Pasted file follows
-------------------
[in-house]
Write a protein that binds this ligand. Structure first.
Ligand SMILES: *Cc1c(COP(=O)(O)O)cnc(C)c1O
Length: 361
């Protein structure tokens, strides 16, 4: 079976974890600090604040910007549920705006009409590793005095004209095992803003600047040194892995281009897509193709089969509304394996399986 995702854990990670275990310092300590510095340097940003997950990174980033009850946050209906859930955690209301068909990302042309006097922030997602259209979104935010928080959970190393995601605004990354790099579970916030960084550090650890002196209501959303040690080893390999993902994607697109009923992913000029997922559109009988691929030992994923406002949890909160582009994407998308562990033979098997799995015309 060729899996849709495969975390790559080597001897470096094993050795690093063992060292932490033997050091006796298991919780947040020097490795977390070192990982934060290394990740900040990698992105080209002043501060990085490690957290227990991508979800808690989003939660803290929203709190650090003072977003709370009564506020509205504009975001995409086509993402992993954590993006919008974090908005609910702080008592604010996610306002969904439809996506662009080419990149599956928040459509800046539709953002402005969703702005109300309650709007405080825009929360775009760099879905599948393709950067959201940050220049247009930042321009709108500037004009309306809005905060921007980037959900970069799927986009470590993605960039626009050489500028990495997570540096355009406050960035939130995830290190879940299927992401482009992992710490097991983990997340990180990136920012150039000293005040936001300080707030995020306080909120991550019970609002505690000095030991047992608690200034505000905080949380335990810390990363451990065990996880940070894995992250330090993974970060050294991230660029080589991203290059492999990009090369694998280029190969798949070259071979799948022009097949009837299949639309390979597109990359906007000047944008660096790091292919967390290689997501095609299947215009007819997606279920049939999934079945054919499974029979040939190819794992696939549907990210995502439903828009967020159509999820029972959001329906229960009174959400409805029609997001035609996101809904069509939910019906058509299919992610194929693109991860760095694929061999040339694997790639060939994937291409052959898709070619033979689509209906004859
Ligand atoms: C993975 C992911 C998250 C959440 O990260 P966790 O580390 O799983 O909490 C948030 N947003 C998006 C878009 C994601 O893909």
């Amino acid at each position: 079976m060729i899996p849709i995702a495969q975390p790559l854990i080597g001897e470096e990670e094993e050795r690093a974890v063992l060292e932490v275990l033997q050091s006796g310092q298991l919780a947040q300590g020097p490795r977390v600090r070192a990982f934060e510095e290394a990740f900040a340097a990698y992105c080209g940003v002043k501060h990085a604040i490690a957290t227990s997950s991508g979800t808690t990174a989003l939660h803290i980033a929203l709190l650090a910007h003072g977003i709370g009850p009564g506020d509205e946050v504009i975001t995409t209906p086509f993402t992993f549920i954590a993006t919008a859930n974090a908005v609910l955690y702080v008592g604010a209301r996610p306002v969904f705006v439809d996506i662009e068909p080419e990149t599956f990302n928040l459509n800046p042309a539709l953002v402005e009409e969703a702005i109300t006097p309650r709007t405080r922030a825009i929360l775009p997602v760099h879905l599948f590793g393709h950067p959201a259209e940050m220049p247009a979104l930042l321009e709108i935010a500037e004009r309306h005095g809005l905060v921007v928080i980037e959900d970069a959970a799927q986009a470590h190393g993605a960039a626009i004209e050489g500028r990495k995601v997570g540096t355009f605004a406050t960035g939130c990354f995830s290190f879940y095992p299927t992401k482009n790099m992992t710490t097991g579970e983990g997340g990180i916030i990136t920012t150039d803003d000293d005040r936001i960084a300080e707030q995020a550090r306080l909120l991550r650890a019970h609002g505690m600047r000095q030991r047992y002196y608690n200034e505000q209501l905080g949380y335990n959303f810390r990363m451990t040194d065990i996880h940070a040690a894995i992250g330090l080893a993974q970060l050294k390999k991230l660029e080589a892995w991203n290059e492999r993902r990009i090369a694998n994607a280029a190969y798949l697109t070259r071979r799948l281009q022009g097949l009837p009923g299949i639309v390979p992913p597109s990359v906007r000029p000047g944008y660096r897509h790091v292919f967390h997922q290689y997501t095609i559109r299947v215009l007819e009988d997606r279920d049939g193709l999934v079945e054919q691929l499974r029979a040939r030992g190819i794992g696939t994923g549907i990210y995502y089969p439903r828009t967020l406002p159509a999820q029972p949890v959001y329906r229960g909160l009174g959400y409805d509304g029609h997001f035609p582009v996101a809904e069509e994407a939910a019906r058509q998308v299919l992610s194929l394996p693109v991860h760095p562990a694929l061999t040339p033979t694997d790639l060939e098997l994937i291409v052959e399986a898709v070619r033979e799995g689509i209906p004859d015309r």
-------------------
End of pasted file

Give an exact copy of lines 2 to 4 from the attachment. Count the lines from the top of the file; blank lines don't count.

Write a protein that binds this ligand. Structure first.
Ligand SMILES: *Cc1c(COP(=O)(O)O)cnc(C)c1O
Length: 361